This is a continuation of a group of essays I am writing that explore how photography can be creative in spite of being a process of mechanical reproduction of pre-existing objects in front of the lens.
In our creative journey we climb a pyramid that starts with technical skills that are mastered to the point of forgetting which affords us the time to explore concepts that will ultimately lead us towards a personal point of view in the work that expresses our creativity.
This is our pathway towards becoming more creative. We climb to the top of a pyramid that has a base level of technical skills followed by concept development which leads to insight and creativity.
Our foundation of creativity is good technical skills. We need to master the medium of photography we have chosen to the point of forgetting so that we can focus our attention beyond the camera.
With photography we have many possible processes to master. These range from various film based processes and what are now considered alternative processes such as Cyanotype and Platinum-Palladian printing, to digital photography and the spectrum of techniques that medium affords us.
We start out needing to master the operation of a camera. These can range from 8×10 large format, Twin Lens Reflex, Single Lens Reflex, and Mirrorless digital cameras. For every moment we are looking at the camera to set the exposure or some other setting like white balance or picture mode, our attention is pulled away from the subject in front of the lens. Whatever conscious thought we are putting towards operating the camera is robbing us of the opportunity to interact intuitively with the subject that is out beyond the camera.
This is why a lot of photographic workshops and classes really focus on building technical skills without ever talking about how to be creative. The problem with not talking about creativity is that many photographers never develop beyond applying their technical skills towards emulating or copying the work they have already seen.
This is often the challenge I see with camera clubs that have monthly contests with a subject or theme that everyone is supposed to photograph. These are good technical exercises but this does not lead towards creativity because there isn’t enough repetition of a concept to develop new insight.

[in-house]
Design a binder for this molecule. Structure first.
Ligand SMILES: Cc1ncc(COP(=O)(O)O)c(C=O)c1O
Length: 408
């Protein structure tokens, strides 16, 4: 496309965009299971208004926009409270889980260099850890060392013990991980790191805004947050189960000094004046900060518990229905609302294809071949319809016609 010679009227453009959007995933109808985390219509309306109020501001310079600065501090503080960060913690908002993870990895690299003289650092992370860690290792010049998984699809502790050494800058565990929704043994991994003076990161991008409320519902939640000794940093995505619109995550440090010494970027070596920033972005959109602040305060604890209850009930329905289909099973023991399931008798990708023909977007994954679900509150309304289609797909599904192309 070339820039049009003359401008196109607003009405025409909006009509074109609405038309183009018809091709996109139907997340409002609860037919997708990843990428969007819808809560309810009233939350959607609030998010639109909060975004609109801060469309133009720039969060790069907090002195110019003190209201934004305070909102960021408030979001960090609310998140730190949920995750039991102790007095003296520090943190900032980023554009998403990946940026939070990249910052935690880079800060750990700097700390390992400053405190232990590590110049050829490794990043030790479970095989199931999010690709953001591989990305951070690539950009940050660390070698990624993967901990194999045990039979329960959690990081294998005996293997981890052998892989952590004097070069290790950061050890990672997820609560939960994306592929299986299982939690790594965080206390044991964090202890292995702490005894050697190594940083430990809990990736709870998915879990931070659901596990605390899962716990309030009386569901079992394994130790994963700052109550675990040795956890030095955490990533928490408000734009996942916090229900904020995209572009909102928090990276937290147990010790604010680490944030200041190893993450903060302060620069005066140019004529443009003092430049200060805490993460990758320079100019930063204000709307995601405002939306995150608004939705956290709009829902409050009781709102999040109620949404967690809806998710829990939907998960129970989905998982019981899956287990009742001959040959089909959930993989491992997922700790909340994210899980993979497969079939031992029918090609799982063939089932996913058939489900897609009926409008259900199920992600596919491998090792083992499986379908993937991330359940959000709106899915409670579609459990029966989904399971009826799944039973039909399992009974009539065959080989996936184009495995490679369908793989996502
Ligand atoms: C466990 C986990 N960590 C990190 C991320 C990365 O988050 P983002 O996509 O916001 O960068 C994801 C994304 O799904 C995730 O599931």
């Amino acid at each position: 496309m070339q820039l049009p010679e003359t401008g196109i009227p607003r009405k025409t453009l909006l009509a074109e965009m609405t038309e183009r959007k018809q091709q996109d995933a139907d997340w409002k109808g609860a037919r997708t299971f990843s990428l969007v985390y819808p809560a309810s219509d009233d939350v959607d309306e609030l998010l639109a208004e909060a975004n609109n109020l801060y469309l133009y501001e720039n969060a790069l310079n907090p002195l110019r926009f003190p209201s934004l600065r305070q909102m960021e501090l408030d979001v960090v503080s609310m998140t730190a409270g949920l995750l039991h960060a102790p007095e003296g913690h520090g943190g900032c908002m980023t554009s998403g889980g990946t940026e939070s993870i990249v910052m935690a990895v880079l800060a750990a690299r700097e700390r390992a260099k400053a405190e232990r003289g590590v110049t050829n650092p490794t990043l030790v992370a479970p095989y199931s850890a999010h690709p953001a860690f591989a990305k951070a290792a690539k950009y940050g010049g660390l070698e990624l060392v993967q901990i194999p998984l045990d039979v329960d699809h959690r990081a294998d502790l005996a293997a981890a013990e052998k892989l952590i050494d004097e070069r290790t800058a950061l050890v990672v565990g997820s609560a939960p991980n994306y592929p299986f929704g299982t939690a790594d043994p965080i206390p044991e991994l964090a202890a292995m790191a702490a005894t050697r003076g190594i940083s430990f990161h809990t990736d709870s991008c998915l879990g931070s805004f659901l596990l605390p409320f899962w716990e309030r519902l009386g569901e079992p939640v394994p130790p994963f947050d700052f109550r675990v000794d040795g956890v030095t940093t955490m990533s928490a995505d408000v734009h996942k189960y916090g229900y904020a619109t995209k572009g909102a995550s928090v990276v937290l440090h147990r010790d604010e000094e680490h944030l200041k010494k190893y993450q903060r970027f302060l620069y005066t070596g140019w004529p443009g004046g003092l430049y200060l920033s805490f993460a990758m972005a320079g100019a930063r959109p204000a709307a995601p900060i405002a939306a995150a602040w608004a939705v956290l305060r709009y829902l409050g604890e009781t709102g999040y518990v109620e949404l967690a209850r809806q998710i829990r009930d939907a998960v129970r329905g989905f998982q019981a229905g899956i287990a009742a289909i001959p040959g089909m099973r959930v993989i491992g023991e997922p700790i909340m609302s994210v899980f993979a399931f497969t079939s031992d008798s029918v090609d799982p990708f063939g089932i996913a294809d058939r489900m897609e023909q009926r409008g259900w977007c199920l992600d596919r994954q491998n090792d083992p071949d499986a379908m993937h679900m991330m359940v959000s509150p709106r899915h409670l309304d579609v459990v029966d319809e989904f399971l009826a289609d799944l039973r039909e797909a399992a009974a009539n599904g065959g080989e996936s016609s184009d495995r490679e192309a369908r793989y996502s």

Only after we have mastered the technical processes can we move towards developing some concepts and start experimenting with a theme and genre of photography. Over time we’re able to move into a pure creative mode that allows us to play. Picasso said to be creative is to remain a child. it’s that childlike wonder that allows us to do our best work.
Ansel Adams was an undisputed technical master of B&W film photography. His development of the Zone system epitomizes mastery of technique and was the foundation to his creative practice. This mastery enabled him to make the image Moonrise Over Hernandez New Mexico with absolute precision and haste. The light was changing so fast that he had to act fast. When talking about that image he describes reaching to the front of the camera to adjust the exposure settings on the lens without looking. He was so practiced he was able to correctly set the exposure and make one perfect exposure.
In his famous image Monolith, The Face of Half Dome Ansel demonstrates how technical precision leads to creative epiphany. With his last sheet of film he had a thought of adding a red filter to darken the blue sky. He was able to pre-visualize the effect of the filter as a means of translating his emotional response to the scene into a photographic image.
In each instance it was mastery of technique that led to a creativity that produced these iconic images.
The steps to mastering photographic technique include:
- Exposure Calculation – Expansion and Contraction of Scene Brightness Range
- Lens choice – Angle of View
- Focus – Depth of Field
- Framing – Open and Closed Compositions, Light Direction, Juxtaposition, Visual Storytelling
These steps just reflect the act of operating the camera. Once the latent image is recorded there are a whole range of technical processes that can be used to recompose the image in the darkroom or on a computer, or a combination of the two.
I think mastery of technical skills are imperative. However I want to encourage us to look beyond technical mastery to explore how these tools work in service to concept and ultimately to creativity itself.